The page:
Helping Clients Who Tend to Drive When Drunk

Consideration was given for the editing and publication of this post.

It’s sad to say, but some people frequently drive drunk. Approximately 300,000 people drive drunk in the United States every day, with few of them actually caught or cited. While this is just a small number of those who drive cars each day, it is a major problem by any number of metrics.

Some people in the law profession know people who frequently drive beyond the legal blood/alcohol level limit, be they clients, colleagues, friends, or family. In any of these cases, it is important to find a way to facilitate a safer, more socially beneficial alternative to drunk driving. So whether you are a DUI lawyer or are/know someone who drinks too much before getting behind the wheel, here are some important steps to remedying the situation.

  • Alternative Transportation. Drunk driving is the result of poor planning, possibly more than any other cause. Many people drink. Many people get intoxicated. But a comparative few drive drunk, mostly because this population forgot to anticipate the need for safe transportation following a session. Helping a person by offering to be a designated driver, facilitating the use of public transportation, or using modern services like Uber or Lyft – these are all ways to limit drunk driving due to poor planning.
  • Find Alternatives to Alcohol. By certain metrics, Alcohol is the most harmful drug in our society. It is unreasonable, though, to assume that all people (or even a significant minority of people) will stop drinking just because of its hazards. Most people need something to replace a chemical habit. As states nationwide become more open to cannabis intake, and pharmaceuticals like anti-depressants can fight the underlying urge to drink, suitable replacements are available for people who would like to stop drinking but find it hard to do so.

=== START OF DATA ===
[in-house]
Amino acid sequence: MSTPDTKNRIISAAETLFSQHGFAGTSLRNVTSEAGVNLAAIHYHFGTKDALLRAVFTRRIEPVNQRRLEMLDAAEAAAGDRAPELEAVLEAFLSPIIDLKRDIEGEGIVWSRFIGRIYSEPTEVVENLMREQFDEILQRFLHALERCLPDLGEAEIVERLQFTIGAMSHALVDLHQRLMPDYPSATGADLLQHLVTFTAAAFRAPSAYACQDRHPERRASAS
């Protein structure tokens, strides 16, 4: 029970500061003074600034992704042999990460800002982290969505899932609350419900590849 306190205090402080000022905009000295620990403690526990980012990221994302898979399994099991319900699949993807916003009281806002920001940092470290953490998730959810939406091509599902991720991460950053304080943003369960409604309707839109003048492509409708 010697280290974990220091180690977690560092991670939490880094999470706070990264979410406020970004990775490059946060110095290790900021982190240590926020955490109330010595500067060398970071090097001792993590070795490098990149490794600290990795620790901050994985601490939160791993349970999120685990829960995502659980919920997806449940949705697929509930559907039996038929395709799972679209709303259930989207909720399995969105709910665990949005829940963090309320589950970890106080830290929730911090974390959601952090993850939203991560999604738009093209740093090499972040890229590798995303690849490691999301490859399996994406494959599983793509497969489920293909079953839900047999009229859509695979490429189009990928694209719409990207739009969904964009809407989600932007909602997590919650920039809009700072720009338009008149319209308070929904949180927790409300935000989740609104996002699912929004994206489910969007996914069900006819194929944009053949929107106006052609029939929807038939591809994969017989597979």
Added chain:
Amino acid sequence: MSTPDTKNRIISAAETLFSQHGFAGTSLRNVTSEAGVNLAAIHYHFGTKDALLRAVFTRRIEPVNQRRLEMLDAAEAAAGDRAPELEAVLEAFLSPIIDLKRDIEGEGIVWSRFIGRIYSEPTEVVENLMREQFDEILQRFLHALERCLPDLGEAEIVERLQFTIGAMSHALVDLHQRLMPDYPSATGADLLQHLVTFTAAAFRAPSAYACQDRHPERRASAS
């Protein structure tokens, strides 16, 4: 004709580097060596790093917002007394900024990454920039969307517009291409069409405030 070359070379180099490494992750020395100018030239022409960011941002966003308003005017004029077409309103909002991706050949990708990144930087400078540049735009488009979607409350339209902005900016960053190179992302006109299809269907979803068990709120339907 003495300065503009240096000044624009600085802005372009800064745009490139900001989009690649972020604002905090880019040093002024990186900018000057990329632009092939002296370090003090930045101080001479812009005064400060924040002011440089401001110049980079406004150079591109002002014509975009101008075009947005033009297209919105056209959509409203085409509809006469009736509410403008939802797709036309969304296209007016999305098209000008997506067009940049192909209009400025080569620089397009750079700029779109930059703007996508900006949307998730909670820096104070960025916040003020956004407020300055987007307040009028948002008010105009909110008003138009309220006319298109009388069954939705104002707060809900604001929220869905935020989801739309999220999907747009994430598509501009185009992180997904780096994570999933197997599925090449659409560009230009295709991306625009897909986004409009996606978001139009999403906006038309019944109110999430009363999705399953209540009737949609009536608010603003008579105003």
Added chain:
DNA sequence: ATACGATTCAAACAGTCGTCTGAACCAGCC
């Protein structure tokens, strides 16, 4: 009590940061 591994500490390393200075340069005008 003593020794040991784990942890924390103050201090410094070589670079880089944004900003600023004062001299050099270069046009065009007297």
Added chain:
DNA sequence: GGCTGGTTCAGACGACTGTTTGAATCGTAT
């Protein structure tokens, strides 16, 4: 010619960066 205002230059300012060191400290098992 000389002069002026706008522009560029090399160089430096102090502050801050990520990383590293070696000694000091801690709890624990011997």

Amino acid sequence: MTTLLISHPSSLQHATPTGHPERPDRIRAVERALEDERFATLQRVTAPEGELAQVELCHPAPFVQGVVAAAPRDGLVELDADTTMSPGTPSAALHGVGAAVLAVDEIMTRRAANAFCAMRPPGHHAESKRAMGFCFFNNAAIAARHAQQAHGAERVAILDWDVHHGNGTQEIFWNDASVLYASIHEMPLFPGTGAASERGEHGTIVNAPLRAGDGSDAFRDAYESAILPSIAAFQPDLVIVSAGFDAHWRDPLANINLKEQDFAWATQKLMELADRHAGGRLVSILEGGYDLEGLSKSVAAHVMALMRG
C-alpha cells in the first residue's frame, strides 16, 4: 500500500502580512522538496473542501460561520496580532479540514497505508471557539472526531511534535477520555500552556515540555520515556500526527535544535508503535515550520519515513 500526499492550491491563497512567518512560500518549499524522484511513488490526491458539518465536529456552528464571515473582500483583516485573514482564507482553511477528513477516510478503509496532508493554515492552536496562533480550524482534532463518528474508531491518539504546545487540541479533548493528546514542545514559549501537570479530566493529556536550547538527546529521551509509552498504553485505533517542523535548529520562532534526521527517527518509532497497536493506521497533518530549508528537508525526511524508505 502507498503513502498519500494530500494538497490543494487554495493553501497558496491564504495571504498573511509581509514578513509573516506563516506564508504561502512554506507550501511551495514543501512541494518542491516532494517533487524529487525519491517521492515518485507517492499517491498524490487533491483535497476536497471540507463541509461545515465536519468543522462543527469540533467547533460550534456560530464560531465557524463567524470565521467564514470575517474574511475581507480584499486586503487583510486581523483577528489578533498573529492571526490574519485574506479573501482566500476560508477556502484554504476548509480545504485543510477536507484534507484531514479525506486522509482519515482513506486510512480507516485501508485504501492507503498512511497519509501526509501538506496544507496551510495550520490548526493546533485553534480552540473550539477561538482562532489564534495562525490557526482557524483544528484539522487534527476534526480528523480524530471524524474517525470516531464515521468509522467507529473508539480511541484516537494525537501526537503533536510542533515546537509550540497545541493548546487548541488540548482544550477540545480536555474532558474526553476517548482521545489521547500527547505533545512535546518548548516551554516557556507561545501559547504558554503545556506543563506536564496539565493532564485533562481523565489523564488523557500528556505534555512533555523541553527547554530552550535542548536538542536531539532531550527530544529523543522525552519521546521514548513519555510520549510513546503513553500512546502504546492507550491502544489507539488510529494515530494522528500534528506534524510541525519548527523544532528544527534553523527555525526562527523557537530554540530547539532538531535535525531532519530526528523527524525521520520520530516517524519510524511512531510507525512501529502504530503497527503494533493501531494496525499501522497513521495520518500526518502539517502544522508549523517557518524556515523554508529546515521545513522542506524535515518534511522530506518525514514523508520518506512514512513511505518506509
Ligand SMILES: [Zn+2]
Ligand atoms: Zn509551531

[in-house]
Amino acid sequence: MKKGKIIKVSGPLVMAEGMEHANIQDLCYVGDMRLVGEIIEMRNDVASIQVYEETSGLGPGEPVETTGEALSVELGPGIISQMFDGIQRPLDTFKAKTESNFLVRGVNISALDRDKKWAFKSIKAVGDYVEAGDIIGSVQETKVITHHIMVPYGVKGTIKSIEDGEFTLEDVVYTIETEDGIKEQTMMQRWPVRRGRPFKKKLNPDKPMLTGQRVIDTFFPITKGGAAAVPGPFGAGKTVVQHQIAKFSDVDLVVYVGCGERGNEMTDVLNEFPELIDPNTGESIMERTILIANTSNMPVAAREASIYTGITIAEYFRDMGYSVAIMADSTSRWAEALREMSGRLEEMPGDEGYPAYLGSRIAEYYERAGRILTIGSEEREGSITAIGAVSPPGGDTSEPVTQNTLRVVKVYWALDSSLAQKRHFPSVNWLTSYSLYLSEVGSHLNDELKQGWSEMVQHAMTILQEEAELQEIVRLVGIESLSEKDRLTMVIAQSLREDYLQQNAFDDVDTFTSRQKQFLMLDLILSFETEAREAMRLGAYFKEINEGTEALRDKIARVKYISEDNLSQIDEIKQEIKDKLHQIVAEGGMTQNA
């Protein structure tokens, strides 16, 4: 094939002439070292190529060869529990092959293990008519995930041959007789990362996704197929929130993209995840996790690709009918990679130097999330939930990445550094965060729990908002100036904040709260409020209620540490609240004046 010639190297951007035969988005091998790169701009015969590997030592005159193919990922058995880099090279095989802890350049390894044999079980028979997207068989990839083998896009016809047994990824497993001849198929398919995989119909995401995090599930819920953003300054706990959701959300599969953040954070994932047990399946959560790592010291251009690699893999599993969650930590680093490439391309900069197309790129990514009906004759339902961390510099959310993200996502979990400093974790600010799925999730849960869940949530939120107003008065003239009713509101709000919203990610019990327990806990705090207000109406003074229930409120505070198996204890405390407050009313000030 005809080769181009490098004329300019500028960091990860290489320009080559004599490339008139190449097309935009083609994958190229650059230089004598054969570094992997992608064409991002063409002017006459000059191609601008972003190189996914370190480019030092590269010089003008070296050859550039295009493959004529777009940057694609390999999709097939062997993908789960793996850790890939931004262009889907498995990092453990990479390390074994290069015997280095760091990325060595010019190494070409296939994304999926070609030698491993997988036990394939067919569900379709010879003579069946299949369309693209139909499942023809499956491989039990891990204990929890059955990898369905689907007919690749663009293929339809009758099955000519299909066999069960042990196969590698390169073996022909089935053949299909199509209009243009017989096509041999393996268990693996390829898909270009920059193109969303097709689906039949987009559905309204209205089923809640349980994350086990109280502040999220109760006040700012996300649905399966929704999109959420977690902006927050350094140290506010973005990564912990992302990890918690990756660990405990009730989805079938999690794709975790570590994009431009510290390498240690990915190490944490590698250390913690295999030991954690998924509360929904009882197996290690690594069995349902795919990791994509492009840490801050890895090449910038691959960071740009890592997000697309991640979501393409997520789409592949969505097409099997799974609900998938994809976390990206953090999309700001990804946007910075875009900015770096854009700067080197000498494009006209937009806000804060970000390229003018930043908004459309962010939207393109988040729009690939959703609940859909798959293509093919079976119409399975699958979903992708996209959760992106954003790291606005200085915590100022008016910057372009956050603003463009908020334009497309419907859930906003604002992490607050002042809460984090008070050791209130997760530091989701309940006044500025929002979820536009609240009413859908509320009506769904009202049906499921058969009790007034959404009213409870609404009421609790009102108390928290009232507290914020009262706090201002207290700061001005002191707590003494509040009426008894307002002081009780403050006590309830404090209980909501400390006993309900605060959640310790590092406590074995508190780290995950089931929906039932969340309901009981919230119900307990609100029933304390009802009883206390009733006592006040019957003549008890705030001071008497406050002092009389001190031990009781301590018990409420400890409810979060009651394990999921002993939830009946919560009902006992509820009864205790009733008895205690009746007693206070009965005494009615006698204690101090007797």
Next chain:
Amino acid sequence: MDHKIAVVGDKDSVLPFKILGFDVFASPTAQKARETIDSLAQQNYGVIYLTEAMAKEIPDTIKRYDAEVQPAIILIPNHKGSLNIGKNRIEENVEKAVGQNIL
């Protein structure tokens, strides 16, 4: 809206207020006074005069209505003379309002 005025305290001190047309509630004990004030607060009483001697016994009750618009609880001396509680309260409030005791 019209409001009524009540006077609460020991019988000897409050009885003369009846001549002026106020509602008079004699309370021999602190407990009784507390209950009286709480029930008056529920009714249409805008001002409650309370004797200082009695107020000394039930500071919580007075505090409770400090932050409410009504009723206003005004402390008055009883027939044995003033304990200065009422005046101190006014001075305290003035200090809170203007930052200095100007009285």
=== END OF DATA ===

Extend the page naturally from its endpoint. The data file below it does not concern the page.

• Restrict Driving Rights. Some people who routinely drive drunk simply have not been caught yet. This sense of invincibility is itself a motivator to keep driving, whatever the state of one’s BAC. Any attempt to limit this individual’s ability to drive can result in a longer life for them as well as anyone on the road they would otherwise drive upon. Of course, it is not always in your authority to restrict the driving rights of another person, but the dangers presented by drunk driving are enough to involve other parties in an attempt to stem routine recklessness on the part of the driver.
  • Sobriety. Sobriety seems impossible for many people, but through a combination of therapy, exercise, community, and other factors, it may be achieved. This is the only long term solution for someone prone to drink and drive, and though it may appear to be out of reach to some, it is more attainable than might be initially thought.

There are many people who drink and drive, introducing significant hazards to roadways and sometimes killing passengers, drivers, and bystanders. Representing a drunk driver is one thing, but helping them not to reoffend is another. The latter is an important step in rehabilitating the individual, and while this is not always your role, putting them into contact with someone who can help certainly is.